The 2007 film Jake’s Closet is an intriguing drama, which comes as a surprise as the synopsis could lead one to believe that the film is a horror story. If one is prepared to shake off the genre expectations, Jake’s Closet turns out to be pretty decent film, even if it doesn’t really impress with its cinematography or its actors’ performances.
At the center of the story is a six-year-old boy whose parents have decided to put an end to their constant arguing and get a divorce. About the same time they break the news to their son, he discovers that a zombie is living in his closet; a zombie that his parents can’t see or hear, yet one that is unquestionably real to Jake (Anthony De Marco). It’s a horrifying zombie who scares the little boy and is guaranteed to cause some rapid heart beating in the chests of viewers – prepared or not for its appearance.
Interpreting the plot differently may either diminish or increase one’s experience from viewing the film. Writer/Director Shelli Ryan has utilized an intriguing approach, which allows the movie’s viewers to experience the story on a deeper level. She uses stereotypes, staging and dynamic metaphor to address an issue as seen through the eyes of a young boy — much like Jeff Erbach did in his 2002 film The Nature of Nicolas.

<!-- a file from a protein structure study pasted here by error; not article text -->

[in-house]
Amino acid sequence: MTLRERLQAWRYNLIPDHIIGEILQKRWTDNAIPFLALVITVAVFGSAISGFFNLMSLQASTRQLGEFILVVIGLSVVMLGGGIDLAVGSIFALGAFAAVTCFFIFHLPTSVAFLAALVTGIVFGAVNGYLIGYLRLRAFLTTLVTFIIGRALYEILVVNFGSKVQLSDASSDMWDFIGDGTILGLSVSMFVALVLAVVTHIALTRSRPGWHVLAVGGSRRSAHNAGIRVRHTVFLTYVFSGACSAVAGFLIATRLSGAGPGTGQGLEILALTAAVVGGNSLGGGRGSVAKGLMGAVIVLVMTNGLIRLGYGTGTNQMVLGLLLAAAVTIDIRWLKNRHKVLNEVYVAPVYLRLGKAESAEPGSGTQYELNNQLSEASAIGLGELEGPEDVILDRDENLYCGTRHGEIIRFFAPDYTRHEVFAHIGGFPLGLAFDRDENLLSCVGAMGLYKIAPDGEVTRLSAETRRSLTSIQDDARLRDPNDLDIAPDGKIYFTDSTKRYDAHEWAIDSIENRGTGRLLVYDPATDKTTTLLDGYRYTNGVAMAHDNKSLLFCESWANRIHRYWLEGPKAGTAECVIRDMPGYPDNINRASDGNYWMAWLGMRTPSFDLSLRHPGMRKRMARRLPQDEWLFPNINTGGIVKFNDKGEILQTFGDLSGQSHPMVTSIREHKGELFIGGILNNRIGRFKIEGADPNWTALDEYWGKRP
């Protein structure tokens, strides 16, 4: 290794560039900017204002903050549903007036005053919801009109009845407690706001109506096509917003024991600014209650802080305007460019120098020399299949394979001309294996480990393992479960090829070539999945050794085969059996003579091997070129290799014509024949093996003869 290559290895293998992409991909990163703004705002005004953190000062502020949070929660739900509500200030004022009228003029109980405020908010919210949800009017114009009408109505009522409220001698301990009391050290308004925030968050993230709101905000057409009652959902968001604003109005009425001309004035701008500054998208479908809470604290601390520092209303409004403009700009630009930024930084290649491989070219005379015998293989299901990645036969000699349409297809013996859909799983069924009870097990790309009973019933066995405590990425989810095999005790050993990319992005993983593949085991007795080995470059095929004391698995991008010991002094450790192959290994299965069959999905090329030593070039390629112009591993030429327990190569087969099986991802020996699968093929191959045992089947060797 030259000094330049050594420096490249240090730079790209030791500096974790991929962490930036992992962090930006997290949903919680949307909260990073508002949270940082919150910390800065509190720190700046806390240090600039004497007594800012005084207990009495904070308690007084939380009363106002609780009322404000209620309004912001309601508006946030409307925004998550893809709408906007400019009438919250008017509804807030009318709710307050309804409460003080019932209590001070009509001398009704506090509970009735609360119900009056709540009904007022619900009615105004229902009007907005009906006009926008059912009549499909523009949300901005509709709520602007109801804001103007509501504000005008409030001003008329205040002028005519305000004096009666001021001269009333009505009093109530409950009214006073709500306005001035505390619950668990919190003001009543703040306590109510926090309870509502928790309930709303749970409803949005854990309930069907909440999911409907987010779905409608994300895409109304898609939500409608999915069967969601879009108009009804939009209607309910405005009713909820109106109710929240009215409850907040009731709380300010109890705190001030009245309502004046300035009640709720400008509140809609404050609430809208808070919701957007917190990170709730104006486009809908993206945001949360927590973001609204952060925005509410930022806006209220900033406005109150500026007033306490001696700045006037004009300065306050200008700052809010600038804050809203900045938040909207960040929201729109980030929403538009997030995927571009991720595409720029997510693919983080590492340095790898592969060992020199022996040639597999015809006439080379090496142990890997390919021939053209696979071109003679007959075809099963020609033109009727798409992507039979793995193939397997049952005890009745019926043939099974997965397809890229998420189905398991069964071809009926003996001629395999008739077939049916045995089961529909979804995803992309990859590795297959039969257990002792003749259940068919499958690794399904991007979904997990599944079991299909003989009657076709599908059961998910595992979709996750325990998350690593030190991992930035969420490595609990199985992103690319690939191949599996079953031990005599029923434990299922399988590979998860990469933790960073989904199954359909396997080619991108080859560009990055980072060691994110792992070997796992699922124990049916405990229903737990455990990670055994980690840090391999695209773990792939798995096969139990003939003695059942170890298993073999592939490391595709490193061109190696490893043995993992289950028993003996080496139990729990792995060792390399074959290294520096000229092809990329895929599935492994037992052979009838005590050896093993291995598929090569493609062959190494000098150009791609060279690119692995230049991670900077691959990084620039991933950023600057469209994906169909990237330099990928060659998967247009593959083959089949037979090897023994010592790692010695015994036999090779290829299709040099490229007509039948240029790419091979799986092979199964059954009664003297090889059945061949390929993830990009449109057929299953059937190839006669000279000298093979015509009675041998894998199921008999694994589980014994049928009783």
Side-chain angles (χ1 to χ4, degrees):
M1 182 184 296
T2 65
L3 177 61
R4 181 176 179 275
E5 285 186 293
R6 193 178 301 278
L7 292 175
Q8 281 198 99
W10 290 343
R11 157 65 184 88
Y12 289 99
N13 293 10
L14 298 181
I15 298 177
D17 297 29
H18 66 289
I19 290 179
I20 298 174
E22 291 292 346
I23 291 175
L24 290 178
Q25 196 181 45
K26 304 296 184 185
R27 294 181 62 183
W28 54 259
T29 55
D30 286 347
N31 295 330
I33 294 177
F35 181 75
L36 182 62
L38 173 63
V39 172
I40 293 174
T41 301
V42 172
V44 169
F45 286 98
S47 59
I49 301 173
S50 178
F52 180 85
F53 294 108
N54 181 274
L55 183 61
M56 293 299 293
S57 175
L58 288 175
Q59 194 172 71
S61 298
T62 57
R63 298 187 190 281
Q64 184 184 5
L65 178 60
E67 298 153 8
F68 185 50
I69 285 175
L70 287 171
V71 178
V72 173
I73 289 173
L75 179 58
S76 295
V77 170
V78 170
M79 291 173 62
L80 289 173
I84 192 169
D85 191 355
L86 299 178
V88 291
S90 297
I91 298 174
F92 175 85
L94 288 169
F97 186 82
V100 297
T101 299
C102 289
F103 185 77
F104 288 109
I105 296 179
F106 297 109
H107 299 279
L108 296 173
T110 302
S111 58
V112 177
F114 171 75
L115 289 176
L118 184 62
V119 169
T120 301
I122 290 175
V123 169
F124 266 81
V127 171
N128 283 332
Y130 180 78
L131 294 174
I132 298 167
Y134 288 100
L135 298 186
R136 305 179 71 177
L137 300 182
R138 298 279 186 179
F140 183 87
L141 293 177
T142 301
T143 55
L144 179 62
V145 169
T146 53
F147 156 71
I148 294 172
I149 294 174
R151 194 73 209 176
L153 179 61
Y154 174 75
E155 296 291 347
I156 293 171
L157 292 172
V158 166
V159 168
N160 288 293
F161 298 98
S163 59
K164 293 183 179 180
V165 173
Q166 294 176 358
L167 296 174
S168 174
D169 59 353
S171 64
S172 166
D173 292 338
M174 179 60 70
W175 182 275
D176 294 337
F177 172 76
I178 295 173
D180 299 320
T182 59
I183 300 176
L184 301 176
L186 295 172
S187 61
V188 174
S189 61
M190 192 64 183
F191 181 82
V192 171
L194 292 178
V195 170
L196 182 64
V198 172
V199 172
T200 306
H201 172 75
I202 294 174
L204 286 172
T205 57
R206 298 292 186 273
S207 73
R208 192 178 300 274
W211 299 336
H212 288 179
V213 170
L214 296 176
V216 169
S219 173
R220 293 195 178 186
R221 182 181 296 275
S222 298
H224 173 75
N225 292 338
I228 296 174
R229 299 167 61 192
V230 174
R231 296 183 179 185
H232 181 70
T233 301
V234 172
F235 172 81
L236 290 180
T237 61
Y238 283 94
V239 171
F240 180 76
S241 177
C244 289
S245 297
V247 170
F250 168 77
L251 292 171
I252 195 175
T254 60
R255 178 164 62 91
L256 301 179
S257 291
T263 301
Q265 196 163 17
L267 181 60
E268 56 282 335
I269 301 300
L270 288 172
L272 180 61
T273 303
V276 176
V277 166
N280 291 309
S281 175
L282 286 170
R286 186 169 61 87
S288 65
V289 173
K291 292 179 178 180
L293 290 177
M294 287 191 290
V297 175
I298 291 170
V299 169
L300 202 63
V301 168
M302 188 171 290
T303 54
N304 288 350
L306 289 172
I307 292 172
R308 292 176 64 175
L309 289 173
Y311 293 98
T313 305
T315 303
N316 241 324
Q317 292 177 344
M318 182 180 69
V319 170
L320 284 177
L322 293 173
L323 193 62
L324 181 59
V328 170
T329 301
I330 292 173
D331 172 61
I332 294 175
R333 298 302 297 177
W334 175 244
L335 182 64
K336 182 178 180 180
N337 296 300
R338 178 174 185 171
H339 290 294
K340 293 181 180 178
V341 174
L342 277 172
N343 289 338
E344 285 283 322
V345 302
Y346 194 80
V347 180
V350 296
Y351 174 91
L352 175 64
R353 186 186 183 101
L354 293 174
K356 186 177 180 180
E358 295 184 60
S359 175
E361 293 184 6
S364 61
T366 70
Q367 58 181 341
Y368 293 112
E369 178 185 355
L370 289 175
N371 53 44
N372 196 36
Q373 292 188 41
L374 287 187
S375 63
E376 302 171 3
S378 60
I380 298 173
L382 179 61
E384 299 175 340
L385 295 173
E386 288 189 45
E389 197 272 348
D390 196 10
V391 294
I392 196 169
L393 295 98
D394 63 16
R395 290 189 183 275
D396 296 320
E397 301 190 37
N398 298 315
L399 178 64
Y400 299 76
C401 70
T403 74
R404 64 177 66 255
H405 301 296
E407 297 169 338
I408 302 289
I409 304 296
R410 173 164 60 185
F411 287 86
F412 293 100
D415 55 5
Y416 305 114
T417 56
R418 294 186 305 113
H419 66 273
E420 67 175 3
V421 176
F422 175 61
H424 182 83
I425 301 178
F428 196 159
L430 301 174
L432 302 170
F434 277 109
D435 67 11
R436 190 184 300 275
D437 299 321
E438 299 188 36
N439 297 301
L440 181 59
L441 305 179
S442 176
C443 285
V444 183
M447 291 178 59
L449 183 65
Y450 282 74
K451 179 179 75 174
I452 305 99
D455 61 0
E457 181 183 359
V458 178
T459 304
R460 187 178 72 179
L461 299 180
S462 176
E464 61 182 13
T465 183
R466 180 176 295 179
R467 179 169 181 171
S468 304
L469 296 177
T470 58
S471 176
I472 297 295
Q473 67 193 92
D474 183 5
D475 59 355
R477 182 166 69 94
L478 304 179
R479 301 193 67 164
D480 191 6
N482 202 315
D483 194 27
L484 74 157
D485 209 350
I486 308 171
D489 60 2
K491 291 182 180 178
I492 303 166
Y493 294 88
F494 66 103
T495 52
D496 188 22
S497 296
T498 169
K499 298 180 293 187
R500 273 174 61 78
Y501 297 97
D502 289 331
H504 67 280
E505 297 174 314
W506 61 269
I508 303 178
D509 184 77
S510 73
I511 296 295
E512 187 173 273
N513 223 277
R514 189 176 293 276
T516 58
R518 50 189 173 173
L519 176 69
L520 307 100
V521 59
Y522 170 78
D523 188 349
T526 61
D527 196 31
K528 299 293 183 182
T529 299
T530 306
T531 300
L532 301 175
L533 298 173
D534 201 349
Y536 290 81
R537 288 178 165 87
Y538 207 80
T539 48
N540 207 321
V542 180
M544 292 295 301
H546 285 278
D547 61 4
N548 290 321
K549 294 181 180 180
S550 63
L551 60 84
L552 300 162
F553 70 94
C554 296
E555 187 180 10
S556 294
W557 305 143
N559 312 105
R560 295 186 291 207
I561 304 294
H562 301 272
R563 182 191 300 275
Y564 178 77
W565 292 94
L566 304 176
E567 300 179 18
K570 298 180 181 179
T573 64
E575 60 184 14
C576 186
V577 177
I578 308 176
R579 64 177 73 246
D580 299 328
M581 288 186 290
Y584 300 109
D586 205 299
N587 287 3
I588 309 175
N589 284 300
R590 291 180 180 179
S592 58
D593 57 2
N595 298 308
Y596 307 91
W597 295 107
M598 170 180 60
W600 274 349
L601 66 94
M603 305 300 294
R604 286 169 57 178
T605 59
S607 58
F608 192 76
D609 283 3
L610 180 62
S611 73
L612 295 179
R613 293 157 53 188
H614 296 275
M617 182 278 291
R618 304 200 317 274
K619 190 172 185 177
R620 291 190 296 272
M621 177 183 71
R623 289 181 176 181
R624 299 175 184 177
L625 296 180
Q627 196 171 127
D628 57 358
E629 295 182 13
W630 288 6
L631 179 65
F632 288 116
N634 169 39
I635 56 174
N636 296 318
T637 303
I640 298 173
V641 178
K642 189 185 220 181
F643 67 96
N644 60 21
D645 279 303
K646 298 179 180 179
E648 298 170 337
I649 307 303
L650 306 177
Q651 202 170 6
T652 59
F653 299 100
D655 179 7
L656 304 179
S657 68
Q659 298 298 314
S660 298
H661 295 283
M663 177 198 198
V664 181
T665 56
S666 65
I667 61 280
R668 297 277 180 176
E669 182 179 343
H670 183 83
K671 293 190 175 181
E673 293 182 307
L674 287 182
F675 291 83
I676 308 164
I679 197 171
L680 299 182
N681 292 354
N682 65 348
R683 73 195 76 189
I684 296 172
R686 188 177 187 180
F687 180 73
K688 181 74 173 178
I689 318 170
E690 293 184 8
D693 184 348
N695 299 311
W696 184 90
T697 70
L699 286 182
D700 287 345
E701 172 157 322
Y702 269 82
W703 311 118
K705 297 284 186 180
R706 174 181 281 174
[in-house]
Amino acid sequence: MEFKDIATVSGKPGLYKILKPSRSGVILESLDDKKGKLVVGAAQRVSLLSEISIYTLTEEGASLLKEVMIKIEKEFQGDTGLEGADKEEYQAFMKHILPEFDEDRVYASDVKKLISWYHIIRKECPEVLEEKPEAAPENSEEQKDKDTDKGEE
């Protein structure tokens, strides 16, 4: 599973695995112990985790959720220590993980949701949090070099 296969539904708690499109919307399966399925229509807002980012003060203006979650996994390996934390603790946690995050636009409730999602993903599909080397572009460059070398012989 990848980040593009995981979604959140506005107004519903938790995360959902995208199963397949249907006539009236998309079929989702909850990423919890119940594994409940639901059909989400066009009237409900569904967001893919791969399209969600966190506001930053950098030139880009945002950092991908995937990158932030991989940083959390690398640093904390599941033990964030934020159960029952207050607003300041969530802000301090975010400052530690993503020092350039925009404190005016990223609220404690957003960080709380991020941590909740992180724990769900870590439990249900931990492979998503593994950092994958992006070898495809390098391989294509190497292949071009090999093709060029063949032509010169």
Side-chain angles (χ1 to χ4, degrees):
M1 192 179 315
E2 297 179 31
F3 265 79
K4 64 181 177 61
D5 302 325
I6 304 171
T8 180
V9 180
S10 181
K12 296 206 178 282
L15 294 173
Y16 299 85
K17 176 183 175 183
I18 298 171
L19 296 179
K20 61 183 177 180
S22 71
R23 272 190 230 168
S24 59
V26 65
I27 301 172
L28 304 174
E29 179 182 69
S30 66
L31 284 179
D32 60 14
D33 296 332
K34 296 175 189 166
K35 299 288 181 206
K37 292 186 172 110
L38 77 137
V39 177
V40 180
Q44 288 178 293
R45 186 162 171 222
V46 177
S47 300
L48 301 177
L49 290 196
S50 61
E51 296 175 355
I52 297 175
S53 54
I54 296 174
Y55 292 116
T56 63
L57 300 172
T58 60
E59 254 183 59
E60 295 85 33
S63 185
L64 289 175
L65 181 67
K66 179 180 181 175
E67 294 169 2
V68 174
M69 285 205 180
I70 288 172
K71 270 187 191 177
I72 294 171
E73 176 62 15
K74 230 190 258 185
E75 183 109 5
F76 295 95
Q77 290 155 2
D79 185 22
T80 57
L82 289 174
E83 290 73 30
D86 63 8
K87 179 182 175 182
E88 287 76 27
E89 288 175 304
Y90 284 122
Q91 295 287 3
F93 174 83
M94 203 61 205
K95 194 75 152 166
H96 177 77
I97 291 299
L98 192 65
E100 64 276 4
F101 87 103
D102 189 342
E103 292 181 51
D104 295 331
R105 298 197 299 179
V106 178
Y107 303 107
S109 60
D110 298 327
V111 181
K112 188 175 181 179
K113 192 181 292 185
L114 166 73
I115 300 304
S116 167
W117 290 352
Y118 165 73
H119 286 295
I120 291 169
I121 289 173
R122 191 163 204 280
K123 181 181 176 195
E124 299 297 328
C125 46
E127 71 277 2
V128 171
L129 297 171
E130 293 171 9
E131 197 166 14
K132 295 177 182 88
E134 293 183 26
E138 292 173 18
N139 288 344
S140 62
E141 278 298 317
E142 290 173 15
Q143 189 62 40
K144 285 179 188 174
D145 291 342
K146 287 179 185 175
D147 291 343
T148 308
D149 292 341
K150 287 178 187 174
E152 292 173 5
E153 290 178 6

Although Shelli Ryan’s storytelling left me less confused than Jeff Erbach’s, about the real meaning behind the actions and their characters, the technical aspects of Jake’s Closet are far inferior to those in The Nature of Nicolas, which makes her film less memorable.
Because of the unconvincing acting, one’s emotional involvement with the story is practically non-existent, which in a story with Coming-of-Age nuances is always disappointing. You won’t miss much by not seeing this film.
The message of Jake’s Closet : each of us fights his own battles.
Jake’s Closet (2007) Trailer